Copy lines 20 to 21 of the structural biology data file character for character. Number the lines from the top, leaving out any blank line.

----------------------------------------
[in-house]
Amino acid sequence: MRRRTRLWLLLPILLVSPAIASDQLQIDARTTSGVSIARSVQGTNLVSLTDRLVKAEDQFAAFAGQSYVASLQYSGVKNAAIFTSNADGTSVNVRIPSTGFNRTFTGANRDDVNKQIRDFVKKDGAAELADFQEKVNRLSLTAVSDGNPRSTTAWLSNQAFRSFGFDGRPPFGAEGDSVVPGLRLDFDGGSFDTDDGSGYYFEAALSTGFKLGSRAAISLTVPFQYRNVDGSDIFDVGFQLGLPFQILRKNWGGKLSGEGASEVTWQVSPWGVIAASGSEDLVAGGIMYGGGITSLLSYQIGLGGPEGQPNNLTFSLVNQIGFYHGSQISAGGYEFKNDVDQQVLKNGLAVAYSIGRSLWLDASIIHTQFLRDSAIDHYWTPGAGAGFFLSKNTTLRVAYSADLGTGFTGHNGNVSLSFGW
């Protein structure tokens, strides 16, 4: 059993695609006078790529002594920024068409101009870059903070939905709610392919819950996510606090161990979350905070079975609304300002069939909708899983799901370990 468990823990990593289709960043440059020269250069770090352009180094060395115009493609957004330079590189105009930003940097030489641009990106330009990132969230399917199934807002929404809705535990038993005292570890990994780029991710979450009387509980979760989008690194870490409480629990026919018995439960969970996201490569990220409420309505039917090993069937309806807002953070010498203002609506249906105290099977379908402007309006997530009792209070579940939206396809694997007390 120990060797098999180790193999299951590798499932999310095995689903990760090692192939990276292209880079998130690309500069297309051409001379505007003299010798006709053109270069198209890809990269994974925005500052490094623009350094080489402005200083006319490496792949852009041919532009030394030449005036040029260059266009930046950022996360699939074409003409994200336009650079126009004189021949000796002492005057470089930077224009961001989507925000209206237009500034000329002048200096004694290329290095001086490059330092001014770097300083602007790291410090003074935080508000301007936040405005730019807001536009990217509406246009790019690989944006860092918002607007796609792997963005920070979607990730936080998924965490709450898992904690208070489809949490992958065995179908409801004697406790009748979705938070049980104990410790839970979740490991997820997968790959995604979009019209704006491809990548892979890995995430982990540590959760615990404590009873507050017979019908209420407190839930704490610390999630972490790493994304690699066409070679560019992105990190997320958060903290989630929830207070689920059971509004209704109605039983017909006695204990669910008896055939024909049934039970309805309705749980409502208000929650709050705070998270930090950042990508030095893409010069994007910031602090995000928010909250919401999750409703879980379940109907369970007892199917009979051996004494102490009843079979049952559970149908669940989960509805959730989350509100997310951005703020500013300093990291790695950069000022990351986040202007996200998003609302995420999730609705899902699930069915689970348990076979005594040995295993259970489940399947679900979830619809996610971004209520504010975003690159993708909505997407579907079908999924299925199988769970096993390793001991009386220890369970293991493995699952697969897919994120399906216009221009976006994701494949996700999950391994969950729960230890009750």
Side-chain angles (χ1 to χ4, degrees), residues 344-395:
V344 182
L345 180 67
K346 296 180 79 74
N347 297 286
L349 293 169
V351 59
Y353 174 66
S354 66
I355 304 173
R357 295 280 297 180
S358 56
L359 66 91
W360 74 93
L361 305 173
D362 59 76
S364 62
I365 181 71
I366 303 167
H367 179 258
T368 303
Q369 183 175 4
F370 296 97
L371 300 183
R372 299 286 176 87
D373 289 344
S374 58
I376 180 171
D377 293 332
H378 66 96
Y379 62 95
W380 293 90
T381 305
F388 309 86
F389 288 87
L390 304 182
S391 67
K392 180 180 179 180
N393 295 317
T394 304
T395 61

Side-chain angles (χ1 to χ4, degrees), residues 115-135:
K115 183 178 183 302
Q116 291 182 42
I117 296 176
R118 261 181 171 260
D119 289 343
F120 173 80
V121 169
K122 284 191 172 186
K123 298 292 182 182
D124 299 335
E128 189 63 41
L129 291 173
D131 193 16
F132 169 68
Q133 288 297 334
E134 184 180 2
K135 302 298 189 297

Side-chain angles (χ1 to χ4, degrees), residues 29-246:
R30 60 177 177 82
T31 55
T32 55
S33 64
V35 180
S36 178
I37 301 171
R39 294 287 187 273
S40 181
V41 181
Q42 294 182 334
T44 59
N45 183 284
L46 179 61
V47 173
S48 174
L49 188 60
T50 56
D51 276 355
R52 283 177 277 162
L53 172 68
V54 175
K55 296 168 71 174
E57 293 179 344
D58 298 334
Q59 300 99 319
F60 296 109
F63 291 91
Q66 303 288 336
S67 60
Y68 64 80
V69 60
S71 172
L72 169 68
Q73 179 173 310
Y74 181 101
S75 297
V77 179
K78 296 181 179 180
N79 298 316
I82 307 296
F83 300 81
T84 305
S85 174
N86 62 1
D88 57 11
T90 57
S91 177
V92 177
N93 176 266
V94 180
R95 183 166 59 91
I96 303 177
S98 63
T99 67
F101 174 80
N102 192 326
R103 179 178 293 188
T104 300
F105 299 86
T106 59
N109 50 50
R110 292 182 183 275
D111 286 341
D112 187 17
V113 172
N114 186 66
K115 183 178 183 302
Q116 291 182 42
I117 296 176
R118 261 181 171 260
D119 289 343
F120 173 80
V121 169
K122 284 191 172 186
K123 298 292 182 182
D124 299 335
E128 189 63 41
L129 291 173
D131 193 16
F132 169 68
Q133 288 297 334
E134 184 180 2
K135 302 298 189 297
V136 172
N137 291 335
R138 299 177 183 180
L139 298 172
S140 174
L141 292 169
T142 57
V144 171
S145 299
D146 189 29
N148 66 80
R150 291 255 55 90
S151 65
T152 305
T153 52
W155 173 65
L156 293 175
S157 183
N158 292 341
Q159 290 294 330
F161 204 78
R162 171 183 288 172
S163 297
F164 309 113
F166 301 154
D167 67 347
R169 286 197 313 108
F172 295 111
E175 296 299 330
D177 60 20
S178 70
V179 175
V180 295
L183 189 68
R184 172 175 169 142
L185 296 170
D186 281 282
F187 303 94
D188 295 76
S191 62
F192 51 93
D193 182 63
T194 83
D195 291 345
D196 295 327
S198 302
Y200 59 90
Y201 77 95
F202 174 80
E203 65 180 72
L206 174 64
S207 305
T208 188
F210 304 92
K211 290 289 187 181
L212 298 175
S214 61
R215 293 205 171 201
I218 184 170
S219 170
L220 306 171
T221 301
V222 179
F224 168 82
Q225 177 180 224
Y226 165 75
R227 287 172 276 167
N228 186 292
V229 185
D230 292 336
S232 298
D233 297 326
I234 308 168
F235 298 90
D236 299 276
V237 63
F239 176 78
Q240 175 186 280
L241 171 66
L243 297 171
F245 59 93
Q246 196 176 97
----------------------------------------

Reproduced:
S364 62
I365 181 71